According to a recent post on the website for the Australian Information Commissioner (OAIC), controversial facial recognition startup Clearview AI violated the privacy of Australians when it collected their biometric data from social media platforms for use with its facial recognition tool and database.
In an explosive front page story in the The New York Times in January of 2020, Clearview was revealed to have scraped the web including popular sites such as Twitter, Facebook, and Youtube, to build a database of millions upon millions of faces.
The report also revealed that the company had targeted law enforcement agencies around the world to sell its facial recognition database and solution to without the consent of the companies it took the images from, nor the individuals whose biometric data was collected from those images.
This ruling from the OAIC — the latest in a long list of rulings against Clearview — follows an investigation conducted jointly with the UK’s Information Commissioner’s Office (ICO).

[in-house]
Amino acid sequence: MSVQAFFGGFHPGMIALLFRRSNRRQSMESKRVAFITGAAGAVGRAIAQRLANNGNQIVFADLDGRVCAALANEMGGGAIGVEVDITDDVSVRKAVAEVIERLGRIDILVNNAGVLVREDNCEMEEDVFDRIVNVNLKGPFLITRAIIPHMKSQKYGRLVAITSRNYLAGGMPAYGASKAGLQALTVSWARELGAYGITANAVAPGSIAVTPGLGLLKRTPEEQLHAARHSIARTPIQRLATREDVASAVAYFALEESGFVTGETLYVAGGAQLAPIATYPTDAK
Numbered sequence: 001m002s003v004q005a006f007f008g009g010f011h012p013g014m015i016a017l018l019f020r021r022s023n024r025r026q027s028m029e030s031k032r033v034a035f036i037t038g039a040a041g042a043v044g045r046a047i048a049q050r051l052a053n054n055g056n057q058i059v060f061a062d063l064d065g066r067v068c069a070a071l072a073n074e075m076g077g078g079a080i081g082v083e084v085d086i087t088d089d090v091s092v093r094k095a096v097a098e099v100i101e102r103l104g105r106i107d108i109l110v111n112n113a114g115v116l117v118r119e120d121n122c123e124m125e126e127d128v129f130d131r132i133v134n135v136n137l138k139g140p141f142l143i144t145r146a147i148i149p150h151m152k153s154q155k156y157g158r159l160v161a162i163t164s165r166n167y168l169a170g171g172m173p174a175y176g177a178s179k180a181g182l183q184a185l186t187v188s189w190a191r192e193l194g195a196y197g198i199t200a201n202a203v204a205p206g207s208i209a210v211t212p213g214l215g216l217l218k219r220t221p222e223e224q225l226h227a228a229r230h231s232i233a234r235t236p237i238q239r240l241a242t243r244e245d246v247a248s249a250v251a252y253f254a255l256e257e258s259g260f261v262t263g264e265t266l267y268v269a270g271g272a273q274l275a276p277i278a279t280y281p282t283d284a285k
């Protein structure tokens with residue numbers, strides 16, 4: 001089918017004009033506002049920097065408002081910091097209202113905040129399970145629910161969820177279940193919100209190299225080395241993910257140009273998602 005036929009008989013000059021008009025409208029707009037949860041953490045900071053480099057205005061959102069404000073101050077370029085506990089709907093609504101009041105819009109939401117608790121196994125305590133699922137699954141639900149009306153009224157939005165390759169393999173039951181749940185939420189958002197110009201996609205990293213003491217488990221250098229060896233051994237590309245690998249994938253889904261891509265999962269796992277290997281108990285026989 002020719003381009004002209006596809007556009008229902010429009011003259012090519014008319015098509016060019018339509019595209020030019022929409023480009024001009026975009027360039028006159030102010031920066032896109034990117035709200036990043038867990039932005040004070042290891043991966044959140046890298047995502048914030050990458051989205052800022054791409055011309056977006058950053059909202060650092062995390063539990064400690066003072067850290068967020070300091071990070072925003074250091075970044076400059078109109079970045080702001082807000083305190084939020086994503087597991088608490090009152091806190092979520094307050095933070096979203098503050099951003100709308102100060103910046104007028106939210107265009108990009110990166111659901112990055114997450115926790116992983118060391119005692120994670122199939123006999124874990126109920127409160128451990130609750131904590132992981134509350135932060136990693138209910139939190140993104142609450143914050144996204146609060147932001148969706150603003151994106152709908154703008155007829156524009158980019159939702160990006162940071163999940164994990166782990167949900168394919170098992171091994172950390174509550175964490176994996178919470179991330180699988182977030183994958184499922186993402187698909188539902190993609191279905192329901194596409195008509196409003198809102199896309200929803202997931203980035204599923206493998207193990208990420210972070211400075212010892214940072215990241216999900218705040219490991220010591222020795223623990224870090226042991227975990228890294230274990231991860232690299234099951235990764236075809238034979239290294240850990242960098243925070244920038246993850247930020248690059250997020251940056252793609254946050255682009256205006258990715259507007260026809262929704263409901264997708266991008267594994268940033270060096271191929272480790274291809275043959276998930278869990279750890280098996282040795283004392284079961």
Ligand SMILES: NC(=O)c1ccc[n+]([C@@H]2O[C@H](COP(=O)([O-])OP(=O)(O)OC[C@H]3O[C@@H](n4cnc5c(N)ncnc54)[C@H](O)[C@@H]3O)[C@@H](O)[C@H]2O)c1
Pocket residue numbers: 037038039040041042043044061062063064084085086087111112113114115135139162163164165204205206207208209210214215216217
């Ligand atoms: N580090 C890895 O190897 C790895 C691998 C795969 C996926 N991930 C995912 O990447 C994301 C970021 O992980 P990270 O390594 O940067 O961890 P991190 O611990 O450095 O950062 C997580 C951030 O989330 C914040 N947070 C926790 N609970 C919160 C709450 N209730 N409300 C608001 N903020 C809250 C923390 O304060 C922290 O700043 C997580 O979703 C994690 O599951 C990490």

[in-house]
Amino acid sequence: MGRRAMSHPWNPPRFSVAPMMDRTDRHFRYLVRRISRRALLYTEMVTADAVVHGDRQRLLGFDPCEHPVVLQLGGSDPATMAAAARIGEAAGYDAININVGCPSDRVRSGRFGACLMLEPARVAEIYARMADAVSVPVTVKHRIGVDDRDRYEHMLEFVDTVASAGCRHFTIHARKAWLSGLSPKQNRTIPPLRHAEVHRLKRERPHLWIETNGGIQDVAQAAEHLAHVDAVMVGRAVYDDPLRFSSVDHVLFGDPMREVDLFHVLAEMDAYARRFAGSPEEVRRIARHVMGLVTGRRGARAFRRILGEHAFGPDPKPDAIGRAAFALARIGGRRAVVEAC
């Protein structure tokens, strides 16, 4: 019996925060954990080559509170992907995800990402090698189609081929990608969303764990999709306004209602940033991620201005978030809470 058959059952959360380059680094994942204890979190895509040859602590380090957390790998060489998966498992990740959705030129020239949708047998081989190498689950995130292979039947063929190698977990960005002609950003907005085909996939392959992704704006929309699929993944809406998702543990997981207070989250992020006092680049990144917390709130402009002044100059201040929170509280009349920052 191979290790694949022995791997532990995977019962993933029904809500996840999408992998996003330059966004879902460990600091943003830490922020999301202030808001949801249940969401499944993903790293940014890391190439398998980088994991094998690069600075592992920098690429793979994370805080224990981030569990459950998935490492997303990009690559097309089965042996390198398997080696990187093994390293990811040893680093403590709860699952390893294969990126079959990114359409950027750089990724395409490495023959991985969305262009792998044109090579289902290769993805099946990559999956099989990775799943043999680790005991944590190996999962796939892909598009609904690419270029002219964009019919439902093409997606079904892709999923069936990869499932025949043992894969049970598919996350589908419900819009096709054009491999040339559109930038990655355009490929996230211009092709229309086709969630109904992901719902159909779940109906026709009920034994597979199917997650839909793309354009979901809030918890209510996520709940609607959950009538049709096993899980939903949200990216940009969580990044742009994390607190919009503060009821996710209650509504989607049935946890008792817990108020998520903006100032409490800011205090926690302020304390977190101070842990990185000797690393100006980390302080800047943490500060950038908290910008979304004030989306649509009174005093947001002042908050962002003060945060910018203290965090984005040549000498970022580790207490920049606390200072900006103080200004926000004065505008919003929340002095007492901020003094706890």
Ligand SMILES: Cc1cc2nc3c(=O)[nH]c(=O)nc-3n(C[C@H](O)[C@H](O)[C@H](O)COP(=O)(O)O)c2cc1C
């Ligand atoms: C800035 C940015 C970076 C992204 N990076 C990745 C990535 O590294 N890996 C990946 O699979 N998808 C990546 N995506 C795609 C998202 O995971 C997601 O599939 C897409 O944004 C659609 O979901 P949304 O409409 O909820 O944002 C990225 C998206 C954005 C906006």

Australian Privacy Commissioner Angelene Falk arrived at the ruling after a review of the Australian Privacy Act of 1988 that revealed that Clearview was in violation of the Act for collecting Australian’s sensitive information without their consent, for collecting this information by ‘unfair means’, and for not taking reasonable steps to notify those individuals that their information had been collected.
Commissioner Falk’s ruling orders Clearview to cease its practice of collecting the biometric data and facial images of individuals in Australia, and to destroy what they have already collected from within the country
“The covert collection of this kind of sensitive information is unreasonably intrusive and unfair,” Commissioner Falk said. “It carries significant risk of harm to individuals, including vulnerable groups such as children and victims of crime, whose images can be searched on Clearview AI’s database.”
While the OAIC findings were released earlier this week, the ICO is reportedly ‘considering its next steps’ while seeking what formal regulatory action it can take under the privacy protection laws of the UK.
To read the full report, visit the OAIC website.
November 9, 2021 — by Tony Bitzionis